14. 86. Like by Ali SmithTwo lives and stories that never come together properly. I must be stupid, but I felt this was a waste of time. I love mysteries, but in my opinion this was blathering. Two women, one of whom is obsessed by the other, meet as children and again as adults. One is a motherless Scottish child, and the other, a spoiled English girl. I don’t mind unlikeable characters but these two were unrelatable. Both stories dead end. Smith herself has declared it “a nasty warring book” [...]

    15. I've never read a book by Ali Smith that wasn't good, and this is no exception to that rule. It requires accepting that the story's mysteries will never be revealed on paper, that the reader has to piece together what might have happened from clues which may or may not be reliable, and the full story will never truly be known. But the story that is told, the one before and after the part that stays shrouded in mist, was definitely worth it.

    16. I'm a great fan of Ali Smith: I love the different way she sees things and how her writing style is so compelling. Like is no exception to this.That said, and while it is good, this, her first novel, is not quite as good as her subsequent work. It has the "different perspective" approach that I so much love. The quirks, the little seeds that she sows, the playful humour: it all contributes to making her writing stand out.And I can see early trials of techniques that are used to so much effect in [...]

    17. Ali Smith's writing was beautiful, and the narrative was gripping. While the fact that nothing seems to come together fully felt purposeful, it also left me feeling a little bit lost.

    18. I loved this book. I have a grotty old Virago edition with a silver cover, which I got from a charity shop, and I have read it twice. It seems to me to be deeply sad, however, a story (or two stories) of estrangement.Amy is living in relative poverty and loneliness, making her own way in the world with her entertaining (if you like puns) young daughter. Amy’s relationship with her mother is fraught, and the scene where she initially arrives at her mother’s house is unforgettable. She and the [...]

    19. This novel starts out as the story of a single mother barely holding together a life for herself and her seven-year-old daughter in a caravan (trailer) park in Scotland. It ends up somewhere rather different.I loved the first half of this book. The mother and daughter are both fascinating characters, and their interactions are full of great details. I especially enjoyed the scenes in the daughter's point of view, which wonderfully capture what a child does and doesn't notice in the world around [...]

    20. Sometimes, when you go back to a favourite author's first book(s), it can be a disappointment. Not that "Like" was a poor first novel, it seemed just even more fragmented, quirky and obtuse than her later work. She had certainly not perfected the way to write obscurely but with something that works. However, there is much to enjoy. Ali Smith has written four books of short stories, and her novels are in someways a crossover from this format. Having read all five of her novels (so obviously I'm a [...]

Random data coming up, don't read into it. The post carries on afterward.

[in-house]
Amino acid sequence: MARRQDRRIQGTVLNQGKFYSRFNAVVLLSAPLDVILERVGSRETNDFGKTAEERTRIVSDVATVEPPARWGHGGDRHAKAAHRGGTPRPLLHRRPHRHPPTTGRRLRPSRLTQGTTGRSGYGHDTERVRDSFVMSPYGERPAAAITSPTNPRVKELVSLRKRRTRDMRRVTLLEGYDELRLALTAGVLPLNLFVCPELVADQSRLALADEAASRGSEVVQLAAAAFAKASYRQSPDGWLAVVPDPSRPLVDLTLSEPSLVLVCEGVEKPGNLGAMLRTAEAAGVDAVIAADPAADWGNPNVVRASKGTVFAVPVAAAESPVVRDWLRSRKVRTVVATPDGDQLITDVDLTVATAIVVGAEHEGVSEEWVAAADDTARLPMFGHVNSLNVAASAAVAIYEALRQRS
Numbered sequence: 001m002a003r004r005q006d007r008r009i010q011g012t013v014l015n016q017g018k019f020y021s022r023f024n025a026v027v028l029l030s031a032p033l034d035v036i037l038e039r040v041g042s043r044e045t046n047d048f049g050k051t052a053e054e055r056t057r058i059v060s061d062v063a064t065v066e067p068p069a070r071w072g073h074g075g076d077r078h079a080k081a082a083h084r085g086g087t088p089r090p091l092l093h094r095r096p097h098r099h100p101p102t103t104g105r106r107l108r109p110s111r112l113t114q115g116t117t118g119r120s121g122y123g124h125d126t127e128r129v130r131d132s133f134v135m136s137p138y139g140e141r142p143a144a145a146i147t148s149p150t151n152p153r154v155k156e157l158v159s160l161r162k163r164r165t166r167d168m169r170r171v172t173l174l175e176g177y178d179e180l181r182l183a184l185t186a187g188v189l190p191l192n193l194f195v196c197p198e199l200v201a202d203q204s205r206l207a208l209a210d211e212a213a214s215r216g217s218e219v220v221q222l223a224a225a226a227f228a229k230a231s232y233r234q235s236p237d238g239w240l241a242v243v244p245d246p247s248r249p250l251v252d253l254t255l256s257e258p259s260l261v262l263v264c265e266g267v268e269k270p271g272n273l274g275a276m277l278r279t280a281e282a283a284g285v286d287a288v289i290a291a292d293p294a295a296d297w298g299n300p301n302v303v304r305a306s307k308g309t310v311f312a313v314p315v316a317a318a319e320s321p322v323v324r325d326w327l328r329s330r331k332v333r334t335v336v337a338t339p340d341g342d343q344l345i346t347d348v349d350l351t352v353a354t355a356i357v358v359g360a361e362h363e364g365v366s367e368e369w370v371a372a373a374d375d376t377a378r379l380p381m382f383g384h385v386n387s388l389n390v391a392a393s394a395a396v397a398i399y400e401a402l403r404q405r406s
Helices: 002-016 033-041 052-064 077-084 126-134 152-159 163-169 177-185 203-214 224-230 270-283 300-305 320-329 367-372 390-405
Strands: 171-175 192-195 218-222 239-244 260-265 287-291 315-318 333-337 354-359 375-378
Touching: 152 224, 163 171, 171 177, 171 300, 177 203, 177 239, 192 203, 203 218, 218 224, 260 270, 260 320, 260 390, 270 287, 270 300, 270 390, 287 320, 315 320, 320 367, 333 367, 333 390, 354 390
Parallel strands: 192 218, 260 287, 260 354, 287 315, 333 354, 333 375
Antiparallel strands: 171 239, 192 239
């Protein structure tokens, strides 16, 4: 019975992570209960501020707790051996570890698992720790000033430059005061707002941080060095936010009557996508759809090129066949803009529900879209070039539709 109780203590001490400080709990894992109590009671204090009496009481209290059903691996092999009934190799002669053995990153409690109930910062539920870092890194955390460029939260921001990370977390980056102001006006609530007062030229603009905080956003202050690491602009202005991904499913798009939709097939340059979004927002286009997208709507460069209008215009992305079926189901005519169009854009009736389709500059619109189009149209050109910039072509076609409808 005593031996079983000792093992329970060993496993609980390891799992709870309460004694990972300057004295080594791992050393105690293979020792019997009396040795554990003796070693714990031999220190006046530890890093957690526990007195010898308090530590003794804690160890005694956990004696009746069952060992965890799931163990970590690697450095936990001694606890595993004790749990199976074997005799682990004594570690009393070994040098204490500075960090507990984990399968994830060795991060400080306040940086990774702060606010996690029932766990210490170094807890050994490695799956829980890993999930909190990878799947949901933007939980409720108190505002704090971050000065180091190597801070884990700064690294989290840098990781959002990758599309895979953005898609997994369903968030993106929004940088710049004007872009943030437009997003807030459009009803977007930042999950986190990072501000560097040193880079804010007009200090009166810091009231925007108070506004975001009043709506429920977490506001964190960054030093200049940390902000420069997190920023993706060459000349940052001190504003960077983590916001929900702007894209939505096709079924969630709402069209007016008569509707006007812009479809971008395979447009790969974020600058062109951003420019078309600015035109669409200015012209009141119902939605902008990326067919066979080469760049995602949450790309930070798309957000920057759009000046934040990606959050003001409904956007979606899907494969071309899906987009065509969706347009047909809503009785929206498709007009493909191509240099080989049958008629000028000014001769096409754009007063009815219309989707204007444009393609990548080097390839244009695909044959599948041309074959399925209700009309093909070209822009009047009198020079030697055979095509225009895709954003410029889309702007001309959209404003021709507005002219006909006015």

21. Wow. What a special, spectacular novel. Ali Smith has an absolutely gorgeous way with words, a sort of Hemingwayesque take on Virginia Woolf, but with a postmodern stream-of-conscious spin that's just dazzling. The characters well, too rarely are a handful of characters THIS memorable, from Amy and her daughter* Kate to Amy's reserved, almost too-English parents.And then there's Ash. A little bit teenage lovestruck idiot, a little but psychopath straight out of a Talking Heads song, Ash is fasci [...]

    22. starts out introducing Amy and her daughter Kate who live hand to mouth in Scotland -- Amy cannot read and recognizes words because of some unexplained happenings -- Amy decides to travel to her parents home and ask for money to go on a vacation to Italy -- regains her ability to read but remains in her Scottish town, working as a waitress -- gets a phone call about a childhood friend who became a famous actress but cannot really tell anything about what became of the friend -- cut to Ash, the f [...]

    23. More from the author of The Accidental. This is her first novel, full of the energetic and imaginative language I've come to expect. The novel's in two parts, focusing on two girls, very close and very different. We encounter the first in adulthood, on the road in Scotland, working for a pittance and unable to read and write. Interesting situation for a woman with a PhD. She's pretty much a cipher till we go into part 2, which deals with her friend. Of course, through the friend we get the mirro [...]

    24. i read this book today in 1 for school and it has made me feel intense and restless somehow, though that could also be september things 'in general'i liked the first half the mostit set up a lot of 'mysteries' and i was looking forward to finding out the answers in part 2i liked the plastic orange kangaroothe book has also got some really good puns. i mean i like puns in general and so i felt these ones were really good:'shopping centaur''charlotte brontesaurus'i think it got a little intense an [...]

    25. I enjoyed the language and rhythm of this debut novel particularly. I loved the intricate weaving of time back and forth, that felt natural in its placing of recognisable objects and cultural references, unlike so many books that clang with their time period signposts. I appreciated the ending. Throughout the novel there were repeated references to the lack of neat cut endings in our lives, relationships, and knowledge, so for the novel to end this way is fitting. It reflects the undercurrent of [...]

    26. I gave this four stars, because I got so involved in itd then changed it to three on reflection of the way the novel unravels towards the end. Some beautiful writing and Smith is very good at giving each of her characters a distinctive voice, but it doesn't all tie together the way it should. I loved the first half with Amy and Kate, and got lost in the second half amongst Ash's self-involved, back-and-forth-in-time rambling. I saw that another user referred to the writing as "Woolf-ish": This [...]

    27. Five stars is not exactly correct – Smith's There But For The is better, and The Accidental probably is as well, and if I remember correctly I only gave them four – but the art heist and diary scenes are going to really stick with me in a very specific way, I can already tell. Anyway Ali Smith is at this point literally my favorite author and I love her for continuing to provide me with sincere pedantic-about-grammar lesbian representation in the media it's whatever it's fine I'm fine about [...]